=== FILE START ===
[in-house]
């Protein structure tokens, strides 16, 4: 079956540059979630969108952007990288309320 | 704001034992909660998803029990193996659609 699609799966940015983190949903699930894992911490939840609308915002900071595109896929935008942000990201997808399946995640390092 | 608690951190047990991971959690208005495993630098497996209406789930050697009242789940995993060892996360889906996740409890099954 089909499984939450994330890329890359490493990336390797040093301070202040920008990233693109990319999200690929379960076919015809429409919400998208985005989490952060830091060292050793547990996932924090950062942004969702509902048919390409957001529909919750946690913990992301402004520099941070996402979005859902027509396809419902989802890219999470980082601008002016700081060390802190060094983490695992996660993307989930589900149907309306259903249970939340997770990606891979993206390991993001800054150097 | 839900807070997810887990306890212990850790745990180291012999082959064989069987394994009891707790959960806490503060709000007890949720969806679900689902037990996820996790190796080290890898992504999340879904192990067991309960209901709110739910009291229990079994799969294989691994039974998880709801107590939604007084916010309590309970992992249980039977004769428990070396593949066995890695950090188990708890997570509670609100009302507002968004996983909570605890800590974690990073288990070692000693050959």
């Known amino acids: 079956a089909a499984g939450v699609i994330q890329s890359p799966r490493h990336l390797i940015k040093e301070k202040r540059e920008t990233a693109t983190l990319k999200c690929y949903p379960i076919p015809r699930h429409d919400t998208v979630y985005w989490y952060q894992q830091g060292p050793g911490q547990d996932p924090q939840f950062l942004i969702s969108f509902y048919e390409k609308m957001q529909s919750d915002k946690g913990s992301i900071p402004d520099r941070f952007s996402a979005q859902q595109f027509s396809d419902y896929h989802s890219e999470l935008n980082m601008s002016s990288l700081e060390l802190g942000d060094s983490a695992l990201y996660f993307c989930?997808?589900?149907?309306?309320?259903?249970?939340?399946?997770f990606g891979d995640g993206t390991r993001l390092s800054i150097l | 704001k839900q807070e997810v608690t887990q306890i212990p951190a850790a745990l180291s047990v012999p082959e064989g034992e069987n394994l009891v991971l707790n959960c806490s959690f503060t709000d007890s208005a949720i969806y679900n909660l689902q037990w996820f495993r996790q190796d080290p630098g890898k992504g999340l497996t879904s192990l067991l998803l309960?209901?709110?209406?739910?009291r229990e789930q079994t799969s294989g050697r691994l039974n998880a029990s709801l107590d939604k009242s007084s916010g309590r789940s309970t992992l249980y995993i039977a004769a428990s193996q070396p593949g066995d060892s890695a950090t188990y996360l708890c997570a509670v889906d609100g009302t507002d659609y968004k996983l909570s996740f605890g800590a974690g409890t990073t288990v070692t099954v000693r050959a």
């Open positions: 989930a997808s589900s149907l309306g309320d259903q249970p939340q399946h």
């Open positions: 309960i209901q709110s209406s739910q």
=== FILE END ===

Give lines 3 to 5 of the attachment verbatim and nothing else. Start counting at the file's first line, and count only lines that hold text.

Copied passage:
């Known amino acids: 079956a089909a499984g939450v699609i994330q890329s890359p799966r490493h990336l390797i940015k040093e301070k202040r540059e920008t990233a693109t983190l990319k999200c690929y949903p379960i076919p015809r699930h429409d919400t998208v979630y985005w989490y952060q894992q830091g060292p050793g911490q547990d996932p924090q939840f950062l942004i969702s969108f509902y048919e390409k609308m957001q529909s919750d915002k946690g913990s992301i900071p402004d520099r941070f952007s996402a979005q859902q595109f027509s396809d419902y896929h989802s890219e999470l935008n980082m601008s002016s990288l700081e060390l802190g942000d060094s983490a695992l990201y996660f993307c989930?997808?589900?149907?309306?309320?259903?249970?939340?399946?997770f990606g891979d995640g993206t390991r993001l390092s800054i150097l | 704001k839900q807070e997810v608690t887990q306890i212990p951190a850790a745990l180291s047990v012999p082959e064989g034992e069987n394994l009891v991971l707790n959960c806490s959690f503060t709000d007890s208005a949720i969806y679900n909660l689902q037990w996820f495993r996790q190796d080290p630098g890898k992504g999340l497996t879904s192990l067991l998803l309960?209901?709110?209406?739910?009291r229990e789930q079994t799969s294989g050697r691994l039974n998880a029990s709801l107590d939604k009242s007084s916010g309590r789940s309970t992992l249980y995993i039977a004769a428990s193996q070396p593949g066995d060892s890695a950090t188990y996360l708890c997570a509670v889906d609100g009302t507002d659609y968004k996983l909570s996740f605890g800590a974690g409890t990073t288990v070692t099954v000693r050959a």
């Open positions: 989930a997808s589900s149907l309306g309320d259903q249970p939340q399946h």
């Open positions: 309960i209901q709110s209406s739910q």